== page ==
To sum it up, inspiration is where ever and whenever it hits you. Favorite places to write? That's up to each individual, of course. Hey, I remember as a kid I used to climb the apple tree in our backyard with a notebook and pen in hand. I'd sit on a comfortable branch, lean my back against the trunk, and write poetry. I loved that, and still enjoy the memory. 

News for the week: My agent updated certain parts of the agency website. All the author clients and their work, plus a short "elevator" pitch, sort of, to describe what they enjoy writing. It's all a work in progress, and will get better and better! Check it out: Golden Wheat Literary  You'll find me about halfway through the entries. 

Until next week ... cheers! And happy writing!  P.S. HAPPY 31st BIRTHDAY TO MY BABY GIRL!

Monday, September 14, 2015

Weekly Deets - 9.14.15

Scary is ... well ... scary. This time of year we think about scary. The scary movies are starting to flood our media, of course because of the Halloween season. So are scary stories. Stephen King and Dean Koontz have been my favorite authors of the horror genre. Or at least when I used to read horror genre. I think I had my fill somewhere back in the nineties. After years of feeding on the fright, the gore, and the eye-popping, heart-pounding moments I decided my health couldn't take it any longer. Seriously though, I just wanted to move along to reading my new fave genre, mysteries. Of course, some of those have gore and fright, too. I do love an evil-minded psychotic killer and the gruesome forensic evidence he leaves behind. Think Criminal Minds.

So, what is it about scary? According to an article I found: "Department head Magne Arve Flaten says that fear comes from the part of our brain that is specialized to express terror.

'Our fear centre sits in an area in the front of the brain near the temple and is called the amygdala. Studies that have been done on people who lack an amygdala demonstrate that they do not exhibit fear,' he says." ( Fear Reaction )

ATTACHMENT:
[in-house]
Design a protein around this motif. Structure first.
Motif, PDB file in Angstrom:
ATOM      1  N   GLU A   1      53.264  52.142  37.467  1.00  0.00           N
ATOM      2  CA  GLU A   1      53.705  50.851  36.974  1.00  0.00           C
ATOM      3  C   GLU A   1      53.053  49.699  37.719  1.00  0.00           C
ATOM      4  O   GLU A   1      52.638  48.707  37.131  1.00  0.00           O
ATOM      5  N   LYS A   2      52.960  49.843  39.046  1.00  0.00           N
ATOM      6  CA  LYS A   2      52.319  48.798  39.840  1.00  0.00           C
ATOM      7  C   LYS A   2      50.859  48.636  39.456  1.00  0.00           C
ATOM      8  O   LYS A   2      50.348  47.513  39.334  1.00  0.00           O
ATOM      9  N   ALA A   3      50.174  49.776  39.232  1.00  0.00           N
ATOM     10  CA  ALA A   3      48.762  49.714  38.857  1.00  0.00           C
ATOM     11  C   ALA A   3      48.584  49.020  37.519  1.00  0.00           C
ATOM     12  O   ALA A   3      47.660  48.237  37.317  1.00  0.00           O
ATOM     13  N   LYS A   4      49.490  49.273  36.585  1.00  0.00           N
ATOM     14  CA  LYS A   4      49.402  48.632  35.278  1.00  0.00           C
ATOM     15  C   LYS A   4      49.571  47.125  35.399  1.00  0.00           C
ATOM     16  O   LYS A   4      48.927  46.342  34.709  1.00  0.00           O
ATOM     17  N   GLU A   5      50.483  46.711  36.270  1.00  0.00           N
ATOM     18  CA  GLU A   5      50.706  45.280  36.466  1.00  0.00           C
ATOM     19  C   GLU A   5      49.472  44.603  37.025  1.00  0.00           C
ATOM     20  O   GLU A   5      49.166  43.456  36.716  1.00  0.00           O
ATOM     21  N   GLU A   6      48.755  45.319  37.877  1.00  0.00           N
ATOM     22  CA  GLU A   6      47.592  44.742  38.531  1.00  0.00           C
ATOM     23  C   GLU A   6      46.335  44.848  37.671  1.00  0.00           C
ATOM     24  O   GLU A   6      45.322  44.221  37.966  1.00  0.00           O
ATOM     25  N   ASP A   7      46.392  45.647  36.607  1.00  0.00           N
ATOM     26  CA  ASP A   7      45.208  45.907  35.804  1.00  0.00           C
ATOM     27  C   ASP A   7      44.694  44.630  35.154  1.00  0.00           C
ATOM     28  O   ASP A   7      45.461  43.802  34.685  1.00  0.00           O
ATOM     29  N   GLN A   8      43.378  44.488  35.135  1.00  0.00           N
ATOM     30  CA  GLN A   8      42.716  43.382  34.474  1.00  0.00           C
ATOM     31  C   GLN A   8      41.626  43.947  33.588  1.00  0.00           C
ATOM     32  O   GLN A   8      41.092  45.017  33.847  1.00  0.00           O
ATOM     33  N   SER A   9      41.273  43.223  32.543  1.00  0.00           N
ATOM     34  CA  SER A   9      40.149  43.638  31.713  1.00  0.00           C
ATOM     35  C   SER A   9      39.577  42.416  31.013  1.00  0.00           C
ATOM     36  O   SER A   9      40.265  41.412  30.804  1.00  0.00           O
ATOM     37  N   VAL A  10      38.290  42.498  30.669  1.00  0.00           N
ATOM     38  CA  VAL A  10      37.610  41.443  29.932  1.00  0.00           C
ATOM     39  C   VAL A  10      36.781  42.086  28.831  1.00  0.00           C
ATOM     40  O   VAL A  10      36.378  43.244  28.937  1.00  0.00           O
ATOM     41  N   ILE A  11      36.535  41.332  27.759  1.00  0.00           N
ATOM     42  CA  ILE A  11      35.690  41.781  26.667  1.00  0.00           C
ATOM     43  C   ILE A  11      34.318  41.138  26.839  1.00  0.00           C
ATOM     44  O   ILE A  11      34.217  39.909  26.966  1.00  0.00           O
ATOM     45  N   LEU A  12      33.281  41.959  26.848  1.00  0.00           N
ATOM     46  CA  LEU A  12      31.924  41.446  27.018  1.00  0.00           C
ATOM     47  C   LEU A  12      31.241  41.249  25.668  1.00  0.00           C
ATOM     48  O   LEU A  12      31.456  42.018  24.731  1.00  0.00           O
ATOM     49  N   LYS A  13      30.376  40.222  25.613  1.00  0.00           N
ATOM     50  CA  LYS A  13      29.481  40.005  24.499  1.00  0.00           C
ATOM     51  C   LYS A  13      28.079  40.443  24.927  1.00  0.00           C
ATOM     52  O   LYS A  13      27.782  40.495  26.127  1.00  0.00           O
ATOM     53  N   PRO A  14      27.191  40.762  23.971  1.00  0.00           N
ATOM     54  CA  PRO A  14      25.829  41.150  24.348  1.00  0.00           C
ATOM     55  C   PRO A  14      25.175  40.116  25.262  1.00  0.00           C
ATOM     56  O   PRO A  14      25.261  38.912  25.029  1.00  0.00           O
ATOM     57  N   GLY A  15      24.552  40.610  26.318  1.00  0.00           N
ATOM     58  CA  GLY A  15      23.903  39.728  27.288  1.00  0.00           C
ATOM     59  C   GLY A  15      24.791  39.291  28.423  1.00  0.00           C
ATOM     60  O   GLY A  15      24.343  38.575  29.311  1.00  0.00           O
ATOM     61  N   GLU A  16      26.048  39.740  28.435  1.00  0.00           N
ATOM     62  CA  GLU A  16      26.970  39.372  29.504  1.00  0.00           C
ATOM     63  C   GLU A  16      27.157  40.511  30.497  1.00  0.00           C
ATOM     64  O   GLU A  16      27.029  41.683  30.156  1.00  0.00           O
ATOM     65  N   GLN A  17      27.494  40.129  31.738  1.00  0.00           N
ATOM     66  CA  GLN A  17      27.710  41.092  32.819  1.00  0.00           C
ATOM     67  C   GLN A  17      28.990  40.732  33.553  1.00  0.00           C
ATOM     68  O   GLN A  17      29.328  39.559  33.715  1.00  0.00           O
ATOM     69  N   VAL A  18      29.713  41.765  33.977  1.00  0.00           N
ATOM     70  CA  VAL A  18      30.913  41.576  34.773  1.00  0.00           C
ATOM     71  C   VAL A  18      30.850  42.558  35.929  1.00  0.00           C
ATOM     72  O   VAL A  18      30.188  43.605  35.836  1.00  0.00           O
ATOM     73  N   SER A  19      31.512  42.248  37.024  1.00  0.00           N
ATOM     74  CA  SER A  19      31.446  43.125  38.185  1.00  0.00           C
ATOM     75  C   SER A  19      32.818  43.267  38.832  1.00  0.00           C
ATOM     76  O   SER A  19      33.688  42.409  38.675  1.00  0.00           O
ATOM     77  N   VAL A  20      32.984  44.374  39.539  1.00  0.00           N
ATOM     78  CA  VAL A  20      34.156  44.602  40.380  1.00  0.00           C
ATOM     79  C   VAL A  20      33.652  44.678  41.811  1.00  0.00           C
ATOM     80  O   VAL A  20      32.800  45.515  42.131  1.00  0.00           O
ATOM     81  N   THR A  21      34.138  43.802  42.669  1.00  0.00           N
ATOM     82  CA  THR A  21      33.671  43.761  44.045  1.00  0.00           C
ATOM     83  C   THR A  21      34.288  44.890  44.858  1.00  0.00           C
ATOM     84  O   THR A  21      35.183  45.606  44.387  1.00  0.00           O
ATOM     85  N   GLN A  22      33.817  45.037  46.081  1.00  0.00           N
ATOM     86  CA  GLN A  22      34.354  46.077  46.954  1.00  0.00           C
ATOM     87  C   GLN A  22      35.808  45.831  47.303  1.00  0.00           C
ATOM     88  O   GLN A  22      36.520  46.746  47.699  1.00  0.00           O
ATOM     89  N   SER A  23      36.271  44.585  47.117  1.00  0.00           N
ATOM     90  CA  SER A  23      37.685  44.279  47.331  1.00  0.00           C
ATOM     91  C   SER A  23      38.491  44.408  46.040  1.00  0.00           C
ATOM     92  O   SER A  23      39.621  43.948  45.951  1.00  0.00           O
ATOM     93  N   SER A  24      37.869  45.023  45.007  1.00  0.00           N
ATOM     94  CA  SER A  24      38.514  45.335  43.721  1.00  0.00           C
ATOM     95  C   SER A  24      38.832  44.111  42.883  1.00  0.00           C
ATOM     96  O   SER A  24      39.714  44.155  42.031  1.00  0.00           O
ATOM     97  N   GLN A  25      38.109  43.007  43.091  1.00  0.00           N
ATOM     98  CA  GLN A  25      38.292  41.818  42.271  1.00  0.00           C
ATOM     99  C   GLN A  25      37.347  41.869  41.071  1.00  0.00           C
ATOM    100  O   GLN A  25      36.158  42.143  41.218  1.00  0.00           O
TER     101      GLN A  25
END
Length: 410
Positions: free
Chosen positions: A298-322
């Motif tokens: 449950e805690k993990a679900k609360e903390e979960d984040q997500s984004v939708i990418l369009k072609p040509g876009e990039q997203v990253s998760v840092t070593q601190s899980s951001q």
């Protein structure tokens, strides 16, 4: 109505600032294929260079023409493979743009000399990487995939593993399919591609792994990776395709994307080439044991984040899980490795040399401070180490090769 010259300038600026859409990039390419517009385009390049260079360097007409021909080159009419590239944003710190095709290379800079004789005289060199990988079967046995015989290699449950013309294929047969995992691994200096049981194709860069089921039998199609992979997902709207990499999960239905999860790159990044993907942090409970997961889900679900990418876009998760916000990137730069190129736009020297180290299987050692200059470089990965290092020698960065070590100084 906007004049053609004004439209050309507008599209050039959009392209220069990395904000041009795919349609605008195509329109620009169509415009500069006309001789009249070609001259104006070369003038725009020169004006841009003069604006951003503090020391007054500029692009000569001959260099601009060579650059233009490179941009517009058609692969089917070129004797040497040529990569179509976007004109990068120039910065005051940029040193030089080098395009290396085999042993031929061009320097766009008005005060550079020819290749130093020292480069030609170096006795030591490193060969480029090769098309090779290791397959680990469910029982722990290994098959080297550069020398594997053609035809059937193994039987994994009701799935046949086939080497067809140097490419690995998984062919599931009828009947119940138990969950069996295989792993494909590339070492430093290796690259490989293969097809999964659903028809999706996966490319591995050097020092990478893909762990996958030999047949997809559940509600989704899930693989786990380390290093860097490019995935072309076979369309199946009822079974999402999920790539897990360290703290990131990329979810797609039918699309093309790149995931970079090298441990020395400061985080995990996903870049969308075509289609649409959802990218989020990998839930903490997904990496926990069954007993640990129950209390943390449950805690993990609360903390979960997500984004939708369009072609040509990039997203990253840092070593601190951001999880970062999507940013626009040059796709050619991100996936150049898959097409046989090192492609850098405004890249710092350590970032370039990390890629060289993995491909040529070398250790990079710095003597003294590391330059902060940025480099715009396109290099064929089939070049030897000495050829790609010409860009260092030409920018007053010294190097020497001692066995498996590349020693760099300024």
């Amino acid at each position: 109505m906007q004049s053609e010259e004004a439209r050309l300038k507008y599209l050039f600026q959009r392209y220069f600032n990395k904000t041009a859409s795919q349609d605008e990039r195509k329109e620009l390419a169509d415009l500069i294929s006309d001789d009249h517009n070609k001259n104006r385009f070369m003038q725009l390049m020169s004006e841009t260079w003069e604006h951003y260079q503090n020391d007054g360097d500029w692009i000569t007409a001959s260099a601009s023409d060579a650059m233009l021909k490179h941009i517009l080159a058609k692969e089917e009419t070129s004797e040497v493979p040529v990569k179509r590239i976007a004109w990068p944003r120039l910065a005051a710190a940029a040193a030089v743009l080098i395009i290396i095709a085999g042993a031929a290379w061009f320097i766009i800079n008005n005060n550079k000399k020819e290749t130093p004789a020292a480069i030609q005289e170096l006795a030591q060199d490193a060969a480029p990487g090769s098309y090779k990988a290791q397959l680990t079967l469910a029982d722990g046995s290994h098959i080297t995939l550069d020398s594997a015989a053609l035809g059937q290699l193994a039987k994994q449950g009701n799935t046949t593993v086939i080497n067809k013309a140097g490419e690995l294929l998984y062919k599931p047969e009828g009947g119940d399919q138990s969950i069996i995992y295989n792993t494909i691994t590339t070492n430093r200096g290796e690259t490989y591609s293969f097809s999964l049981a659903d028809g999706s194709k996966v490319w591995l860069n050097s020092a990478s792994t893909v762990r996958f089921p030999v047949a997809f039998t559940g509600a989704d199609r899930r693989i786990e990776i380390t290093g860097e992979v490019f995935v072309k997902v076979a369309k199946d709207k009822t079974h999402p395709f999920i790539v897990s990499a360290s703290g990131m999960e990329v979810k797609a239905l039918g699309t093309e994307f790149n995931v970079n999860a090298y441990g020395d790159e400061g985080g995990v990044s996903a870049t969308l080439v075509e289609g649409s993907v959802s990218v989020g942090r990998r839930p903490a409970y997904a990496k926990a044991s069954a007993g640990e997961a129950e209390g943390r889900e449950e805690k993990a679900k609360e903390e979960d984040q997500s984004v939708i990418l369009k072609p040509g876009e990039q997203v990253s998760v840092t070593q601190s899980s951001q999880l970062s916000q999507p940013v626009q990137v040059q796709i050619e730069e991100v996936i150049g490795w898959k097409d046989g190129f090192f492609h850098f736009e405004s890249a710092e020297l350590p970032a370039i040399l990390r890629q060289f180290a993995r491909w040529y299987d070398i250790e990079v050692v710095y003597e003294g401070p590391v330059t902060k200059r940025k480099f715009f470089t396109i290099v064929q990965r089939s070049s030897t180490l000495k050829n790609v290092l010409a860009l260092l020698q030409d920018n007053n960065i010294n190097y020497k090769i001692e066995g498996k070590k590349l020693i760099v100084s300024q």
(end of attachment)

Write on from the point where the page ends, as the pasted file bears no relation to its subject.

The article also states that our fear is immediate. Like in one eye blink, folks, we react in about a tenth of a second. No wonder we nearly jump out of our seats when someone sneaks up on us, or when we read about or watch that goon hiding behind the door who pops out to surprise the unsuspecting victim in the movie or novel. I'm shivering just picturing the shower scene in Psycho (Hitchcock's original). Surprising or not, it's something lots of people thrive on. Give 'em an adrenaline rush prompted by fear and it satisfies them. Well, it does for most, present company excluded. 

In another light and much smaller scale of scary, I'm thinking of an upcoming event where I'll be reading to listeners, big group or small, it doesn't matter. That adrenaline rush is already boosting my heart rate as the date draws closer. Not from fear, but more from anxiety and nerves. Heck, maybe it's triggered from the same place, that amygdala in the front brain. Whatever or wherever, I feel it. And will always feel it, every time I go before a group of people to talk, read, sing (that's not going to happen) or stand on my head (never going to happen). They do say, though, that a bit of nerves are good when performing at any level. Keeps you on your toes and brain alert, so you do a better job. At least that's their excuse! 

Fear. It's what makes the world go round and Halloween lovers thrive! 

Favorite Scary Movie: The Haunting (1963 version only ... and because there's no blood and gore. If I count those elements then it's The Exorcist.)

Favorite Scary Novel: The Dark Half by Stephen King (one of my many favorites, actually. I think this one fits because it's about an author who has a darker half, which comes alive to commit all kinds of horrific acts. bruhaha!)

Favorite Scary Song: Tubular Bells -- theme song to The Exorcist (okay, only if you've seen the movie, then you know exactly what I'm talking about, otherwise it's really a pretty song, haunting but pretty. And I have to give my honorable mention to that heart-pumping beat in the movie Jaws.)